The Turkish PM and the Old City of Sana’aThe humanitarian touch was very evident [Archives:2005/890/Opinion]

October 31 2005

The visit of His Excellency Prime Minister Recep Tayyib Erdogan of Sister Country Turkey to Yemen was highlighted not by the greeting and farewell ceremonies, or the official talks behind open or closed doors or by the splendid meals Mr. Erdogan was graciously hosted to. For the residents of the Old City of Sana'a, the major event of the Turkish PM's 24 hours visit was his tour of the Old City of Sana'a. The tour was moved ahead of schedule at the request of the visiting Prime Minister to the evening of the 26th of October rather than the morning of the 27th of October, as originally scheduled. This was to make it easier for the guests to meet the tight schedule of meetings that was set for the latter day and to enable Mr. Erdogan to spend more time in the Old City than had been originally scheduled. Furthermore, it was indeed more sensible for the tour of the city to be conducted in the Evening, when the Old Souk of the City was humming at its height of activities and crowded with the people of the Old City and the surrounding countryside buying their traditional Eid Al-Fitr clothing and sweets. In addition the tour took place after having broken the fast already for the day, so the guest of the City and his companions can harness the energy needed for the intended long tour Mr. Erdogan had planned to take in the city.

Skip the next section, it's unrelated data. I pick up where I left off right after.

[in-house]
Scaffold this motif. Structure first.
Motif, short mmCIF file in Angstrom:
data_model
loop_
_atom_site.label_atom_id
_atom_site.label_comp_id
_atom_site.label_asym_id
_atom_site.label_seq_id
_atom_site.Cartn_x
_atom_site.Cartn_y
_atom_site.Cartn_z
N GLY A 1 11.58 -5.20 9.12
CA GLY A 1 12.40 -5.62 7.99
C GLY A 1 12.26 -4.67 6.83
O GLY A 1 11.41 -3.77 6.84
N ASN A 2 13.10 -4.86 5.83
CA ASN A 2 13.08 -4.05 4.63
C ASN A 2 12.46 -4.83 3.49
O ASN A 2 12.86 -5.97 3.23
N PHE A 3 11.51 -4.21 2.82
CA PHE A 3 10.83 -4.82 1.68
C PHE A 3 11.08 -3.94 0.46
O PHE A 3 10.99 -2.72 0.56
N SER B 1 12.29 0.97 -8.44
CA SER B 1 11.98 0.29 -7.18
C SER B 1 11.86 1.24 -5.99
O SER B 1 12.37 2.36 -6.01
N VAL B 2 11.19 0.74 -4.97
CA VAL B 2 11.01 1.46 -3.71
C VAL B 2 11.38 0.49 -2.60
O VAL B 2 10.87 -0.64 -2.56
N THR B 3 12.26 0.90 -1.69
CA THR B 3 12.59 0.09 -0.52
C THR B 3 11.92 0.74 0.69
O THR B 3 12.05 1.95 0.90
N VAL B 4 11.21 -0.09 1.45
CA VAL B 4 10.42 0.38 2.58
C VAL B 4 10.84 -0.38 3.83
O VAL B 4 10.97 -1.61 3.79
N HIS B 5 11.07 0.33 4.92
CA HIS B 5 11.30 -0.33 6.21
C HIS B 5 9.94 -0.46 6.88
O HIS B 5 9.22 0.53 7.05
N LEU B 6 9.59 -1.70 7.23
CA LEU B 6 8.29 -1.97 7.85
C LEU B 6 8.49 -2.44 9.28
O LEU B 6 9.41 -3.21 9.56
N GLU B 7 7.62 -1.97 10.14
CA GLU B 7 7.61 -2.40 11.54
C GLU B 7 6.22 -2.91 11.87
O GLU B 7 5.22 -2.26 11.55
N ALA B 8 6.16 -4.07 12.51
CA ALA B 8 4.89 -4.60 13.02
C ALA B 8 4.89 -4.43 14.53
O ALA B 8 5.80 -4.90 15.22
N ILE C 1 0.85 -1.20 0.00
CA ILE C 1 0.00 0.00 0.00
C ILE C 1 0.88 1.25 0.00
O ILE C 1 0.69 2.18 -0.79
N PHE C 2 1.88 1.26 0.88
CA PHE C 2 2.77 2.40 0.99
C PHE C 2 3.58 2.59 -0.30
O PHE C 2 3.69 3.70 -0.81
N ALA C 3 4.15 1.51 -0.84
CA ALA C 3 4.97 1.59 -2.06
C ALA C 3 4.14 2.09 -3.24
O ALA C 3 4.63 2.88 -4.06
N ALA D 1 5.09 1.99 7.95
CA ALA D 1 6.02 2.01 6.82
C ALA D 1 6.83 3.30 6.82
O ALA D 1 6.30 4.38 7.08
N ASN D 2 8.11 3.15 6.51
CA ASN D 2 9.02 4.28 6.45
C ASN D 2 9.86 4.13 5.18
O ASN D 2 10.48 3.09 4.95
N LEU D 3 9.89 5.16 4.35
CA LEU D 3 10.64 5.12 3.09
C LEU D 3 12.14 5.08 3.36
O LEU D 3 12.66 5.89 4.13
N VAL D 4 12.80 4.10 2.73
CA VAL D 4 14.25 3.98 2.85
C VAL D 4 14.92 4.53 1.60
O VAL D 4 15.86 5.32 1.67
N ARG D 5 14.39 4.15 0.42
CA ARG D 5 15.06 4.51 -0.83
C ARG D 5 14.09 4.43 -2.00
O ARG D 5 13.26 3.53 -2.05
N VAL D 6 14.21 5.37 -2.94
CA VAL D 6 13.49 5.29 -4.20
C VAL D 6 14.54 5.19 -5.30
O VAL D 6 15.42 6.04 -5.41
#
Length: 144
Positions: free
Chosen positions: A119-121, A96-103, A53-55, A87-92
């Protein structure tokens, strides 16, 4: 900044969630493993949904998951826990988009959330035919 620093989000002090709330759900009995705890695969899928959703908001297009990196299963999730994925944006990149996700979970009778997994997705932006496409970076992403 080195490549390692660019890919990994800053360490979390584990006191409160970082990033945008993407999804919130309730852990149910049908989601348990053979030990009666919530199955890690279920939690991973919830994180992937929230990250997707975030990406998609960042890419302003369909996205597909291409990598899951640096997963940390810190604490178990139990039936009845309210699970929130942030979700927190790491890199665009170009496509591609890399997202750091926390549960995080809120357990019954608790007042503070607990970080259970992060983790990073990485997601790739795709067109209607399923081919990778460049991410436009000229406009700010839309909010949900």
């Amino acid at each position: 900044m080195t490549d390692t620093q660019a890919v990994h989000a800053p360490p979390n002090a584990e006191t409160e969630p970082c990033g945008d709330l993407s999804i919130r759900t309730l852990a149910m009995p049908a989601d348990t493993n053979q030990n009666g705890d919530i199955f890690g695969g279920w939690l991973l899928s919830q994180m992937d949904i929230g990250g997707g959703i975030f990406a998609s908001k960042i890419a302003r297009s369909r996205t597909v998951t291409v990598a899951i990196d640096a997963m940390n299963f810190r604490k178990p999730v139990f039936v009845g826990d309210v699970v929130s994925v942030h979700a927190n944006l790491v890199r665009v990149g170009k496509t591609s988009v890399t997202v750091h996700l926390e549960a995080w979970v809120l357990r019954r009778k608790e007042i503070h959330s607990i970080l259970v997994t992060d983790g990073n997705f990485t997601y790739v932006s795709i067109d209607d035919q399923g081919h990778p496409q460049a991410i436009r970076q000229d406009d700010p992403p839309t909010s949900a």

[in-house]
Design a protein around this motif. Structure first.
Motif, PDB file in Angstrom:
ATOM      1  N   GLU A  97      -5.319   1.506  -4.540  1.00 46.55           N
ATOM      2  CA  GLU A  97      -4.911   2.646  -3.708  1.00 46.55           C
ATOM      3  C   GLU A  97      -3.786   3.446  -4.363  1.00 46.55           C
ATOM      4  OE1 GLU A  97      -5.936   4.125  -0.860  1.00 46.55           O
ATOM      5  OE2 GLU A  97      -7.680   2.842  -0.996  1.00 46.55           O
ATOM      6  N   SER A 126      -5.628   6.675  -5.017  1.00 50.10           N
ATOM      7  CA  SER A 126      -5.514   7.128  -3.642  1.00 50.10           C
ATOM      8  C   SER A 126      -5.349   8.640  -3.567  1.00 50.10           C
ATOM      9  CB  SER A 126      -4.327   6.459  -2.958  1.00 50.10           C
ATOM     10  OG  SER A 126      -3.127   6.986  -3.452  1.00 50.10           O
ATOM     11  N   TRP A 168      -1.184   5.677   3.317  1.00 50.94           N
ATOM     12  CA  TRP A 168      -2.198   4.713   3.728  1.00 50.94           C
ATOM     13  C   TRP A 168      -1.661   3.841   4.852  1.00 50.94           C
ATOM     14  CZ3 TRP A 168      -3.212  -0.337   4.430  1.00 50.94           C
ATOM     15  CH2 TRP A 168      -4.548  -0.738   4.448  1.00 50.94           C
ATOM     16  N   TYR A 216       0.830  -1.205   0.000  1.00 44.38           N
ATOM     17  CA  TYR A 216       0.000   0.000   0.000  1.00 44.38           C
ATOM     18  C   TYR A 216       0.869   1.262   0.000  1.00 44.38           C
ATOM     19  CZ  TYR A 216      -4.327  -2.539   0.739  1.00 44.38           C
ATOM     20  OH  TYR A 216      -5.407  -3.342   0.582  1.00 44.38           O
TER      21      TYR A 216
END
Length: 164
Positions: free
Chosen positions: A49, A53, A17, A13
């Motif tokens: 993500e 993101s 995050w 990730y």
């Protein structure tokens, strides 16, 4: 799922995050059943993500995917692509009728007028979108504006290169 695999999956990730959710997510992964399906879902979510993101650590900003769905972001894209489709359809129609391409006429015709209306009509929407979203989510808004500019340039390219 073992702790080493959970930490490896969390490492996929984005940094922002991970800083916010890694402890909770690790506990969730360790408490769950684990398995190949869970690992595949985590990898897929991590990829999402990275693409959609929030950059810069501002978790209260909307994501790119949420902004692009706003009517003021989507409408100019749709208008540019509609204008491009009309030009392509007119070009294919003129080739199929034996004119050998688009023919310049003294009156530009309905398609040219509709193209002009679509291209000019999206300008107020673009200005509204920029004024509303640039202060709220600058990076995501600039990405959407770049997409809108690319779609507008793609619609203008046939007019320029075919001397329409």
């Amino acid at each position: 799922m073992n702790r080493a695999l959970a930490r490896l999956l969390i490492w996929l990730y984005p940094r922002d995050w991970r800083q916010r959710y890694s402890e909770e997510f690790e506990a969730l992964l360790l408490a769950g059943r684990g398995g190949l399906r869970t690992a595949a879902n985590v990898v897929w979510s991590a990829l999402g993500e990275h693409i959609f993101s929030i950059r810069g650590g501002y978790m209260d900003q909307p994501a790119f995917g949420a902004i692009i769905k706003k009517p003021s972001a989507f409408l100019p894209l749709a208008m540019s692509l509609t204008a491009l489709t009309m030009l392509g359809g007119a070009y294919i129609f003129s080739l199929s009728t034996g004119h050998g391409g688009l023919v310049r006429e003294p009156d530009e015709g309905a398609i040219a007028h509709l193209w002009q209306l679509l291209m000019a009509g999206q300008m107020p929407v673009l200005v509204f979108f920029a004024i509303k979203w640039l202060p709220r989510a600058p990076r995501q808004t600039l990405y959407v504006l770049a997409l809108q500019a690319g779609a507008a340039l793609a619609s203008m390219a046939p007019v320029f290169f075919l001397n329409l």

Mr. Erdogan savored the Old City in every way he could taking the maximum tour that anyone can make in the space of four or five hours, all on foot and all without the least fear or hang-up about converging with the general crowd in the Old Souk and the surrounding streets of the Old City. The people of the Old City were finally given a flair of a leading visiting dignitary milling about the streets of Sana'a in their midst and this is a sight they haven't seen from their own leaders in quite some time. They have been used to so much fuss about security in the past whenever a leading official – local or foreign – took a tour of their traditional narrow and winding lanes. For sure, this created a lasting impression on the people of Sana'a. On the other hand Mr. Erdogan was adamant to go out of his way and meet and talk to the people (he spoke fluent Arabic) as he fast paced around the Old Souk area and made sure that he got more than just a simple tour of the architectural landmarks of Ottoman splendor that Sana'a abounds with, including the impressive Citadel, the magnificent Bakiriyah Mosque, the Al-Zumur Neighborhood, the Military Barracks of South Sana'a, etc. His mingling and talking with the general population of the Souk area included a visit to a house randomly chosen by the Turkish MP and congenially talking to its residents, going into some of the typically small retail outlets that sold traditional Ramadhan sweets and making sure to pass around samplings to all his entourage and Yemeni accompaniments. Mr. Erdogan also displayed a keen sense of deciphering information from the people he met and it is for certain, that he must have felt the expressions of neglect conveyed by some of the residents, especially among the poor and the handicapped. In a moving scene, the observer was bound not to overlook, the humanitarian concerns and warmth of the Turkish PM were evident, when he went straight to a handicapped paralyzed beggar in one of the streets and talked at length with him asking about the background of his affliction and what has been done by the Government or the society to aid him. He apparently saw a possibility of having the cause of his handicap remedied and ordered that the person be sent to Turkey at his (or the Turkish Government's expense). He had hoped to take him along with him, but unfortunately our authorities couldn't get their act together to prepare the formal papers for his travel to Turkey. There were other fine and human moments that the people of Sana'a will remember for a long time to come and indeed Mr. Erdogan truly reflected the strong feeling of attachment to the Yemeni people, who once were under the Ottoman Sultan's or Caliph's banner, for a significant period in their modern history. Perhaps Mr. Erdogan remembered well that the Yemenis, despite their strong resistance to Turkish occupation, were not foolish enough to side with the Western Allies during World War I, despite the latters' strong and tempting offers and promises of grandeur, which some of the other Arab leaders at the time were offered by the Allies, but which never saw the light of day. The Yemenis at the time could not find prudent logic in siding with non-Moslems against Moslem brothers. The people of Old Sana'a were glad to see that the Turkish people were blessed with such fine displays of warmth in leadership and Mr. Erdogan will leave them with their prayers extended from the bottom of their heart on this blessed Month of Ramadhan. The Yemeni people will certainly wish him (and invite him to) many happy returns (to his other hometown, Sana'a of course).